- about DPGP -

Why "Potencial Pregnancy days lost" (DPGP in portuguese)?


Problem: In low-and middle-income countries (LMIC), in addition to the maternal and child health problems associated with poverty and poor access to safe care (“too little, too late”, TLTL), we also have problems associated to the unregulated, inappropriate use of interventions in childbirth (“too much, too soon”, TMTS, usually less visible to information systems). One of the effects of TMTS, especially of elective cesareans, is the shortening of pregnancy. Babies born in the "early term" period (37w 0/7d to 38w 6/7d) may have health outcomes more similar to those born preterm than those born in the "full term" period (> 39 weeks), including increased respiratory and metabolic complications, NICU admission, low birthweight, breastfeeding difficulties, and long-term effects. 
Our idea was to increase the granularity of gestational age (GA) data to days of pregnancy, and develop an innovative measure of GA, called "potential pregnancy days lost" (PPDL=GA-280 days), as both dependent and independent variable, to explore its association with maternal and child attributes, morbidity and mortality. Given the recent increase in infant and maternal mortality, we worked with local partners to optimize knowledge translation from the research and develop visualization alternatives for specific settings.
Methods: in partnership with the division of Live Birth Information System (SINASC) of the City Government of São Paulo (MSP) Health Department (SMS) we analyzed data from 1,525,759 live births in the city (2012-2019), 504,302 with GA in days, and at the national level, 8,854,727 live births, 3.329.339 with GA in days. Both datasets were linkage to the SIM (mortality information system), and in the city level, also with the hospital admission system (SIH).  Records without GA information in days were analyze in weeks of pregnancy, and alternatively, models of imputation of missing data were developed for the MSP base. Descriptive and stratified analysis included socio-demographic, obstetric and Robson groups, public or private sector, spatial analysis, and the use of Equiplots. Hazard ratio (HR) for early neonatal, neonatal and infant mortality were calculated for each day of GA during term period, controlling for maternal education, funding system, mode of delivery, color of skin and parity. We compared the data in days and in weeks, and the trends of GA and cesarean section rate in the period 2012-2019.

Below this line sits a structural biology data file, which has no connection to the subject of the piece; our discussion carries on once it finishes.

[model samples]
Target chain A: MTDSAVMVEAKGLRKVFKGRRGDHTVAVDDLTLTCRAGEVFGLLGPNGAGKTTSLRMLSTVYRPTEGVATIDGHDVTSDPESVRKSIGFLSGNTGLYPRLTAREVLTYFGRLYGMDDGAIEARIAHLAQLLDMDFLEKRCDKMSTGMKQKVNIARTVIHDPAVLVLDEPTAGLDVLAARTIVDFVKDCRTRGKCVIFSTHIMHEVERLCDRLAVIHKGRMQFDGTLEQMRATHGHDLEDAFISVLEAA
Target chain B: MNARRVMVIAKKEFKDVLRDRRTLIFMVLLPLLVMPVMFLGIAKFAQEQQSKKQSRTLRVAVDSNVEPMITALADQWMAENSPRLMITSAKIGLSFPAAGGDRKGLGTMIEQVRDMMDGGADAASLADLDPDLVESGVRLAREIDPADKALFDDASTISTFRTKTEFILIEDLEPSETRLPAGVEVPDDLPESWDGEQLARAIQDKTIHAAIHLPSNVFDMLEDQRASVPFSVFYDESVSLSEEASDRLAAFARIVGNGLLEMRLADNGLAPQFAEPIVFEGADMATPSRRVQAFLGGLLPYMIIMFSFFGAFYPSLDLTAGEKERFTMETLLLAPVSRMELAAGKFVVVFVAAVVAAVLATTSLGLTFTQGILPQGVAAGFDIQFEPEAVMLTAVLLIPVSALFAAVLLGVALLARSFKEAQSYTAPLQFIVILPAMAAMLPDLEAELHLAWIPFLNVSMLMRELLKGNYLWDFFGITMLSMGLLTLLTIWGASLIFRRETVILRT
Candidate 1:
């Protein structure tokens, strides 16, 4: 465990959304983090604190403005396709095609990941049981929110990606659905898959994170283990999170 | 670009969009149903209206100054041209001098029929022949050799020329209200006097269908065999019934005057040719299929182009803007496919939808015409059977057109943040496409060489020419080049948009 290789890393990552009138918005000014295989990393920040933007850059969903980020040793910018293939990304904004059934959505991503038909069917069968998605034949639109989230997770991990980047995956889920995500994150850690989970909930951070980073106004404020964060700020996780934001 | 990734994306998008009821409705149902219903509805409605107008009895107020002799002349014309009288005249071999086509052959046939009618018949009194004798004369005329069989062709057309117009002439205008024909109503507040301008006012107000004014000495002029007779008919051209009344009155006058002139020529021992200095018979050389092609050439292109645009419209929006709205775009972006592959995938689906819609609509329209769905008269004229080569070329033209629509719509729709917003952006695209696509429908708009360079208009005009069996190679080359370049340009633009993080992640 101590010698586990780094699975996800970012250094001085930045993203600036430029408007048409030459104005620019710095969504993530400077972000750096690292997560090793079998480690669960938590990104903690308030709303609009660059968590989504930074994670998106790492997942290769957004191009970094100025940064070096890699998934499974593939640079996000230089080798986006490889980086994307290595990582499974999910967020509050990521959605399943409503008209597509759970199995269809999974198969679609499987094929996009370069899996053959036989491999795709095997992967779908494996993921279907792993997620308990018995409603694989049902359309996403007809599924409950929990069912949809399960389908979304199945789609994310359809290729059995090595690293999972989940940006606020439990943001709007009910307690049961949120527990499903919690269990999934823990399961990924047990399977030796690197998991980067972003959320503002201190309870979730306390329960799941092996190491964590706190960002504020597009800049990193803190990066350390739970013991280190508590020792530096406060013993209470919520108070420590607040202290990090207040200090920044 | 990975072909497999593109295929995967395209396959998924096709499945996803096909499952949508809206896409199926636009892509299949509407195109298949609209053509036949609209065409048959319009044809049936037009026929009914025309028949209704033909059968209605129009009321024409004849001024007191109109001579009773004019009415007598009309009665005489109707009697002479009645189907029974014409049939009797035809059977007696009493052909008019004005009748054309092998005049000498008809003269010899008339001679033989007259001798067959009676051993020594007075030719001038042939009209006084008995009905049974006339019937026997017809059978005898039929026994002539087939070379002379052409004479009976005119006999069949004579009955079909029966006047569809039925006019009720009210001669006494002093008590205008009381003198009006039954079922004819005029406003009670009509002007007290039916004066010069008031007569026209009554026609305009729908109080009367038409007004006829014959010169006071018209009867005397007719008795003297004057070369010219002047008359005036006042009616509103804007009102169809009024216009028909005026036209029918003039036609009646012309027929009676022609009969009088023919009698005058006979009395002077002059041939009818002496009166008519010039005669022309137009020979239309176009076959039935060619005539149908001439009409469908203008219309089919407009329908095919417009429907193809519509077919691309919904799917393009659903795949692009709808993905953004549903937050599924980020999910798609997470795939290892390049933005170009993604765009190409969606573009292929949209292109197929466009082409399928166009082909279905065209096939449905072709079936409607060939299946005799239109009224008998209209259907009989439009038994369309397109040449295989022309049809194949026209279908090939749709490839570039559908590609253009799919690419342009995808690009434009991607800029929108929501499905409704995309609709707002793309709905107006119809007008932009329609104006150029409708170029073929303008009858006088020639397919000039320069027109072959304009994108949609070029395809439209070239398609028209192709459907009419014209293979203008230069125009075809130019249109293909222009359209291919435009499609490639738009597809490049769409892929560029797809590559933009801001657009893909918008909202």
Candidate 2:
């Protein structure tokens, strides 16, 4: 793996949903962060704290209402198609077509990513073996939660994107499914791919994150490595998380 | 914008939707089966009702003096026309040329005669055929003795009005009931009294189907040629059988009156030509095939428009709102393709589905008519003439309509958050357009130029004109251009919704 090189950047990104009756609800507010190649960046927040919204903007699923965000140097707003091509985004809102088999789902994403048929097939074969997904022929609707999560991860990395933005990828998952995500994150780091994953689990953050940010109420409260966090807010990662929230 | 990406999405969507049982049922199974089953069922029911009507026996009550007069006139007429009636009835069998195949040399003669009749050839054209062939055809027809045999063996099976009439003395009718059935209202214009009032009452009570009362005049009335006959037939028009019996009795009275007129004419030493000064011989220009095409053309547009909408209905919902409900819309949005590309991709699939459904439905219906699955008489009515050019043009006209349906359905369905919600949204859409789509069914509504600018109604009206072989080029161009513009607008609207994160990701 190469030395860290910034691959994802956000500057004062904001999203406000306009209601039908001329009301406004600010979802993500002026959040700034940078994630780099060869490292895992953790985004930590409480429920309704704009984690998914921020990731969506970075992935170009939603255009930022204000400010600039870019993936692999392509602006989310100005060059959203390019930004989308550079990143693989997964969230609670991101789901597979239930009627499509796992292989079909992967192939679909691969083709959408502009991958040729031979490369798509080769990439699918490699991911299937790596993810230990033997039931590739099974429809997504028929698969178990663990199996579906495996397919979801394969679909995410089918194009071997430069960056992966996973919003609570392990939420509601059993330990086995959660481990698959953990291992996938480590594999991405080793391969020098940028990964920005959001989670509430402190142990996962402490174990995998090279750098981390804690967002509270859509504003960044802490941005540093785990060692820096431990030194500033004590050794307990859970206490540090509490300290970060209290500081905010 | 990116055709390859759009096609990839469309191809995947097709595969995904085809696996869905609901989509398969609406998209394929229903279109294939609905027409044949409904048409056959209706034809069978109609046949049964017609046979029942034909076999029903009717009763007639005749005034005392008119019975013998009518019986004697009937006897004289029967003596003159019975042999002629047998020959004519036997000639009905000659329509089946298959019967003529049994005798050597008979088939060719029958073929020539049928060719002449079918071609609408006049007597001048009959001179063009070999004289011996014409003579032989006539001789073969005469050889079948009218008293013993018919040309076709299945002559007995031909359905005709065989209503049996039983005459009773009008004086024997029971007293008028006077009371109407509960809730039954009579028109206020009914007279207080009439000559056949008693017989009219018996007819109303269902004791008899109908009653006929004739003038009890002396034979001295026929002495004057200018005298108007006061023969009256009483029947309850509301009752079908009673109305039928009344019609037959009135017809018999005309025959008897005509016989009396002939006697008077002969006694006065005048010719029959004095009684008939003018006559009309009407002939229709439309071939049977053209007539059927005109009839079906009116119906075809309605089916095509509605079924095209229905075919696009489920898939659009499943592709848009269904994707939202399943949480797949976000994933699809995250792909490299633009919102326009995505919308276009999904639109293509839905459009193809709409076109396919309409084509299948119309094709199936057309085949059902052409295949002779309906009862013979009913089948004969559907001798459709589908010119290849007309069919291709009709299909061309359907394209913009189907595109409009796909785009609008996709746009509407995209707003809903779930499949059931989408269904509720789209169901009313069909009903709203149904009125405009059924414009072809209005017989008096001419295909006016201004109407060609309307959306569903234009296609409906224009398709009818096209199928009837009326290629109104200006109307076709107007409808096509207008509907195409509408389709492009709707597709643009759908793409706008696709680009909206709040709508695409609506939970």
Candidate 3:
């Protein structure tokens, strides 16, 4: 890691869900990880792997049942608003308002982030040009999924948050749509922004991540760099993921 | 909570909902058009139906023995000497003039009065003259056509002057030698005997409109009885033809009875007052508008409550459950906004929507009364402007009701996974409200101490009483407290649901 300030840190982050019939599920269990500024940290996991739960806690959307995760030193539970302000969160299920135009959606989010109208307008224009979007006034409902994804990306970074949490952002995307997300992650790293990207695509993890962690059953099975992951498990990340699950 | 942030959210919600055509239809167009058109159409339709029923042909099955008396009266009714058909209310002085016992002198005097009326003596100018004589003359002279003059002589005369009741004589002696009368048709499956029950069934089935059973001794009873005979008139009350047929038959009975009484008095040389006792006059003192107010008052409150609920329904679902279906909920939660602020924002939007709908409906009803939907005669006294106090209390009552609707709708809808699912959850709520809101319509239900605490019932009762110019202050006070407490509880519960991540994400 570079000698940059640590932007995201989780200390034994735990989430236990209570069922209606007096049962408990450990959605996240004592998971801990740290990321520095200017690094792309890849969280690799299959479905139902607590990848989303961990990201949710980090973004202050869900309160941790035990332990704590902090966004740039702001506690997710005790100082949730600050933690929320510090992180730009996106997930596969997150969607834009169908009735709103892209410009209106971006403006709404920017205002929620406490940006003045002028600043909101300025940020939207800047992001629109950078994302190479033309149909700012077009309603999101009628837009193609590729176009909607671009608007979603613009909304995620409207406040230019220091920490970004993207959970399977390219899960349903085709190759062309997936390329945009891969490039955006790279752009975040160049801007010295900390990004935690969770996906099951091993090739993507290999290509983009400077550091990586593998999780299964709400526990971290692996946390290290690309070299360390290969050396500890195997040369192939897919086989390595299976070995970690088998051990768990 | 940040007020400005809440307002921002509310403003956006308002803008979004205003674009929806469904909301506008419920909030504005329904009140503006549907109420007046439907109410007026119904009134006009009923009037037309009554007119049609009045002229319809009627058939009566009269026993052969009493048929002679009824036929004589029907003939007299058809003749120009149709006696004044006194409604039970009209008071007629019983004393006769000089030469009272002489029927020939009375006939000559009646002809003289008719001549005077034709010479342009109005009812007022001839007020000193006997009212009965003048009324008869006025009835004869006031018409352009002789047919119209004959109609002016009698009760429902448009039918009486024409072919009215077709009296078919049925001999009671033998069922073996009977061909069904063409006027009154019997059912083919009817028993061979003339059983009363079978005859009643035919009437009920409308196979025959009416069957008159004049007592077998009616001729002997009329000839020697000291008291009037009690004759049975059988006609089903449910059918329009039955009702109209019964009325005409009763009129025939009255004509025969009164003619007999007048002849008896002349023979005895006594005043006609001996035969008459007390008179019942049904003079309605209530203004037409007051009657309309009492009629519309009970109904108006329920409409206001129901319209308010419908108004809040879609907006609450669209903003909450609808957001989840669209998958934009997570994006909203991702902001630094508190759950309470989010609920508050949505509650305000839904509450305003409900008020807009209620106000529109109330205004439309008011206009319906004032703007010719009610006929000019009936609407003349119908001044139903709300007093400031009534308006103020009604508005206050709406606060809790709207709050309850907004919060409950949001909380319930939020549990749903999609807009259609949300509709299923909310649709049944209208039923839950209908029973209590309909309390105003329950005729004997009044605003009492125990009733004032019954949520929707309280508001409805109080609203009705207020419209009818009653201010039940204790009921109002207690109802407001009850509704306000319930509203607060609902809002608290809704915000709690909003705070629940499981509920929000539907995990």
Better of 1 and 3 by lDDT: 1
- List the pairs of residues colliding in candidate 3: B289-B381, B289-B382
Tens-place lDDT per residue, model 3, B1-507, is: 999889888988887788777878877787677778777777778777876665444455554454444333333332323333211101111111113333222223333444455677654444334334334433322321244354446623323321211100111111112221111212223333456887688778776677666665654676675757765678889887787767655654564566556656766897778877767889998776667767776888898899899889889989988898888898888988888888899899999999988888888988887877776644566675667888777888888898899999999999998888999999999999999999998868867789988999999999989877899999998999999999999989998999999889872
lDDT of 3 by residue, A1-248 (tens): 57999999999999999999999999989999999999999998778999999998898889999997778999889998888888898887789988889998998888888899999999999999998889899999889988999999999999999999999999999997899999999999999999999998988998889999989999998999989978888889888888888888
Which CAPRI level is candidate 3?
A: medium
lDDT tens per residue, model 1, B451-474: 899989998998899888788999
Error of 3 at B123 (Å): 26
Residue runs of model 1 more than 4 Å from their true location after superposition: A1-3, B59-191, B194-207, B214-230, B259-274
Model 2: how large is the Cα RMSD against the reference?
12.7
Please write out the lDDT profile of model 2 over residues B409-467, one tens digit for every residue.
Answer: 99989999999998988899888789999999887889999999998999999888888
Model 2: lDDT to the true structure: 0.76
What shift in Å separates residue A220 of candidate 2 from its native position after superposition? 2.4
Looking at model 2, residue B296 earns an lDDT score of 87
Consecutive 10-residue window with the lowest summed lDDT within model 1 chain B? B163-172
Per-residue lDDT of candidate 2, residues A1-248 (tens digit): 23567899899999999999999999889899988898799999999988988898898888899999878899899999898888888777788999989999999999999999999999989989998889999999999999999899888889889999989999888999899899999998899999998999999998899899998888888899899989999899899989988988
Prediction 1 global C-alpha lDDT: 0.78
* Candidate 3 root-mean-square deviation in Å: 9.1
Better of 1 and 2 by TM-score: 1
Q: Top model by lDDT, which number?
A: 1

Some of the main insights and results are:
- Within the term period, in national and city level, all models show significant differences in HR neonatal mortality by days lost in early term period, confirming that “each day counts”. 
- The cesarean of the rich and of the poor women are different in GA, obstetric and clinical attributes, with the poorer with worse outcomes, reflecting differences in access to technology to compensate effects of PPDL (ex. NICU admission).
- Women with more education, living in higher HDI areas, tend to give birth in early term, losing more days in term period. In all analysis, we find an “inversion of the expected disparity” in GA, since in previous decades we would expect the opposite.
- For women with term pregnancies, the risk of maternal long hospital admission and readmission, is higher in women with shorter pregnancies.  
- The analysis of Robson groups is useful not only to indicate the excess of cesareans and calculate the loss of days by group, but also to study the overuse of induction (“high-intervention / low compassion care”). Quality of information about induction (ex. distinguishing “induction” from augmentation) is variable.
- Data literacy of providers and health managers is variable and tends to be low, so we are producing a website, podcasts and videos about the research, and oganizing a course on Data Literacy to be held in February/2021, in the USP School of Public Health, experimenting data visualization and knowledge translation, including an app about local mortality and GA trends. 
- We propose a small but highly promising change in the fields 31/32 of the SINASC form, to include GA in days, based on (1) the last menstrual period (LMP)  (2) ultrassound (US) with GA 

 

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